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NY Gov asked to leave slain officer's memorial service

Following the murder of NYPD officer Jonathan Diller this week there was a tremendous outpouring of both grief and anger, not just in the city but around the nation. This senseless loss of life at the hands of a career criminal once again focused people's attention on the revolving door of "justice" created by Democratic policies in large blue cities. That anger was on display when one of Gotham's largest police unions issued a stern warning to New York politicians who have supported soft-on-crime laws, particularly the New York City Council, to stay away from the memorial services planned in Officer Diller's honor. One politician apparently didn't receive the memo, however. That would be New York Governor Kathy Hochul. She showed up at the wake for Jonathan Diller yesterday, apparently prepared to deliver some remarks. It didn't go well. She had barely been at the funeral home on Long Island for ten minutes before a man in a black suit confronted her and an argument broke out. Shortly thereafter, she was seen leaving the facility. 

From the NY Post:

Gov. Kathy Hochul left the wake for slain NYPD Officer Jonathan Diller Friday afternoon after a tense confrontation with another man in attendance.

Hochul arrived at the Massapequa Funeral Home on Long Island for the second day of viewings around 1:45 p.m.

She was only in the venue for about 10 minutes before she was spotted in a clash with a man in a black suit, video shows.

Here's the video of the encounter and Hochul's exit. The camera wasn't close enough to pick up the conversation, but you can see the man in the black suit gesturing as he scolds Hochul and then pointing at several officers and others in the audience. He then walks away and Hochul and her aide quickly turn and head for the parking lot. You can hear a small number of officers clapping as she leaves, but to their credit, they didn't turn the encounter into a huge scene that might have disrupted the services.

Perhaps Hochul felt obligated to at least attempt to attend the wake and pay her respects. She's a seasoned politician and she no doubt was aware of the horrible optics on Thursday when Joe Biden hobnobbed with celebrities and billionaires at a multimillion-dollar fundraiser only miles away from where Officer Diller's remains were being prepared for internment. But surely she must have known that she wouldn't be receiving a standing ovation.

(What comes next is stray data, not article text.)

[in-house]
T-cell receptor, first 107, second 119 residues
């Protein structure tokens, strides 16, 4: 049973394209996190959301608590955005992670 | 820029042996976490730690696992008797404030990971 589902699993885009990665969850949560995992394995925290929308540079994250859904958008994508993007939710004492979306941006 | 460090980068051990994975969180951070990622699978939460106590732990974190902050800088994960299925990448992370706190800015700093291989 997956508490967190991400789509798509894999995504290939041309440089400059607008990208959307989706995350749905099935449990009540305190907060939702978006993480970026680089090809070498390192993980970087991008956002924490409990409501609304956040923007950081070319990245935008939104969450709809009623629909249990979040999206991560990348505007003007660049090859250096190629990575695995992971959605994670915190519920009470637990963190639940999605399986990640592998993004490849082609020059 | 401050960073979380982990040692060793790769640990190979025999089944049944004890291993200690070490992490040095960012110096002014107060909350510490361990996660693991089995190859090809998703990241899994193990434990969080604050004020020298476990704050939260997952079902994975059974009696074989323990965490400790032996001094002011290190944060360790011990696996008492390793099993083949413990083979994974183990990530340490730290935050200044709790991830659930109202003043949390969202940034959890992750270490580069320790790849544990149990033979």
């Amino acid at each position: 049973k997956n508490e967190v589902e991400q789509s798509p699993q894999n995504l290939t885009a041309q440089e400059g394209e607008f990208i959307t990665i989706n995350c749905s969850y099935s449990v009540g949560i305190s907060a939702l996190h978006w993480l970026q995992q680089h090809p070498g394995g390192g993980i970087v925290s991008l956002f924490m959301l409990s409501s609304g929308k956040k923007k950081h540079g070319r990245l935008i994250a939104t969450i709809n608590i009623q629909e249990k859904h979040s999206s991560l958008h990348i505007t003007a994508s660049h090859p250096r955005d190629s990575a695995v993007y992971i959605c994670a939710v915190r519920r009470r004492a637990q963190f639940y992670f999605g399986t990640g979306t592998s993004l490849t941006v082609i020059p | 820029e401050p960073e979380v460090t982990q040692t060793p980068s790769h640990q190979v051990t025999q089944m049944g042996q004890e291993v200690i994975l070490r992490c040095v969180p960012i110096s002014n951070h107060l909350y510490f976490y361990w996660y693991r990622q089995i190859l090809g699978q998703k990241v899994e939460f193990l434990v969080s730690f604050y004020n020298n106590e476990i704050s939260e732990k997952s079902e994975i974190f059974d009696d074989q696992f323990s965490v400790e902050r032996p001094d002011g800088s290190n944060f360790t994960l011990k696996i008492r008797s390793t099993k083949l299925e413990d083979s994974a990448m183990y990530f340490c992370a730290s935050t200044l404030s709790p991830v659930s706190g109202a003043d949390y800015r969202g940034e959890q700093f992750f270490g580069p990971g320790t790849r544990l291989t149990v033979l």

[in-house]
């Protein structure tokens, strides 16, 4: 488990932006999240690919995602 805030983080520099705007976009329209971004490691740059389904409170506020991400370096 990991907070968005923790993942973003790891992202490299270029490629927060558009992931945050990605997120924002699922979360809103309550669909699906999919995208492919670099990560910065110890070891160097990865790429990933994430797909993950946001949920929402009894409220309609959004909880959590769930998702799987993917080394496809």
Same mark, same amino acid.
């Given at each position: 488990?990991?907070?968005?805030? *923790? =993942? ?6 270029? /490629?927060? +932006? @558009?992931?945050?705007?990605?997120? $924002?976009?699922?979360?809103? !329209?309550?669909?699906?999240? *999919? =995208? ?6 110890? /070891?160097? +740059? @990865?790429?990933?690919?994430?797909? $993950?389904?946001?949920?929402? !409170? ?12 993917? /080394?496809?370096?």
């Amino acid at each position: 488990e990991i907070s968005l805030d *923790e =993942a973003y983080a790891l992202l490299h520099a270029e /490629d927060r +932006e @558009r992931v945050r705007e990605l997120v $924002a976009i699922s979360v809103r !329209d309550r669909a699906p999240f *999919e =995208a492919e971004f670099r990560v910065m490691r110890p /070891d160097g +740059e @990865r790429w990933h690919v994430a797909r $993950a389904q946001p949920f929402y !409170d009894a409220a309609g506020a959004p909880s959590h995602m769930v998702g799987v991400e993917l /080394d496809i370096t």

Sergeants Benevolent Association president Vincent J. Vallelong, who penned the original warning for the Democratic politicians to stay away, said that their presence was more than just a distraction. He said that the authors of the policies that allowed Guy Rivera to freely roam the streets and take Officer Diller's life would be "a stain on the legacy of a true hero who made the ultimate sacrifice."

Hochul should have known better. The original letter may have targeted the members of the City Council who supported all of the defunding efforts, but one of the biggest factors leading to the murder was New York's supposed "bail reform" law. Hochul has had more than sufficient opportunities to move to strike that law down or at least reform it. She's even discussed the possibility at times, but virtually nothing has been done. Those laws are the reason that Guy Rivera was out on the streets months after being taken into custody on an illegal weapons charge. He and his partner obviously had no trouble obtaining new illegal firearms after their release, despite being prohibited by law. A chance encounter with Officer Jonathan Diller demonstrated that they would not hesitate to use those weapons. We've all seen what happened after that.

In this context, it is not at all unfair for the NYPD to proclaim that Kathy Hochul and the other authors of these soft-on-crime laws have blood on their hands. There is no reason that Guy Rivera should have been out on the streets. Had he not been, Officer Diller might have spent today on patrol, keeping the people of New York City safe. Or perhaps he would have been at home preparing to celebrate Easter with his beautiful, now-widowed wife and her fatherless baby son. There is no happy ending to this story, but perhaps we can take some consolation in the fact that generous contributions have paid off the mortgage on the Dillers' home and ensured that funds will be available to help support their child.

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